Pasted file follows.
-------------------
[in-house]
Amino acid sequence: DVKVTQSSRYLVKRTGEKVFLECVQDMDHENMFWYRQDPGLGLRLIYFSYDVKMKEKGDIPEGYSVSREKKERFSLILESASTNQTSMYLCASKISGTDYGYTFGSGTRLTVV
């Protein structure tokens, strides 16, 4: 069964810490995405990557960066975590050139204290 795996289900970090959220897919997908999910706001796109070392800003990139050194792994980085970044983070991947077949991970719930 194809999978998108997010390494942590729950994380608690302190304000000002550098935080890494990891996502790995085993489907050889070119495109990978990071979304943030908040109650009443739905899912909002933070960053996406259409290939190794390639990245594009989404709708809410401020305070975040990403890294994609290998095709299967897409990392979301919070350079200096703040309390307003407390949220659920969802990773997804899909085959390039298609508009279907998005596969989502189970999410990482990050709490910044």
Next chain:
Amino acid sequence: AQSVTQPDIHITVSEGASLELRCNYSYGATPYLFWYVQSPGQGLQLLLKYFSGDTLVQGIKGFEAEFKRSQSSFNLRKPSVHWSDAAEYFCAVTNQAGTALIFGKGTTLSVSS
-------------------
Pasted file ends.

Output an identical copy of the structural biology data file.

[in-house]
Amino acid sequence: DVKVTQSSRYLVKRTGEKVFLECVQDMDHENMFWYRQDPGLGLRLIYFSYDVKMKEKGDIPEGYSVSREKKERFSLILESASTNQTSMYLCASKISGTDYGYTFGSGTRLTVV
């Protein structure tokens, strides 16, 4: 069964810490995405990557960066975590050139204290 795996289900970090959220897919997908999910706001796109070392800003990139050194792994980085970044983070991947077949991970719930 194809999978998108997010390494942590729950994380608690302190304000000002550098935080890494990891996502790995085993489907050889070119495109990978990071979304943030908040109650009443739905899912909002933070960053996406259409290939190794390639990245594009989404709708809410401020305070975040990403890294994609290998095709299967897409990392979301919070350079200096703040309390307003407390949220659920969802990773997804899909085959390039298609508009279907998005596969989502189970999410990482990050709490910044």
Next chain:
Amino acid sequence: AQSVTQPDIHITVSEGASLELRCNYSYGATPYLFWYVQSPGQGLQLLLKYFSGDTLVQGIKGFEAEFKRSQSSFNLRKPSVHWSDAAEYFCAVTNQAGTALIFGKGTTLSVSS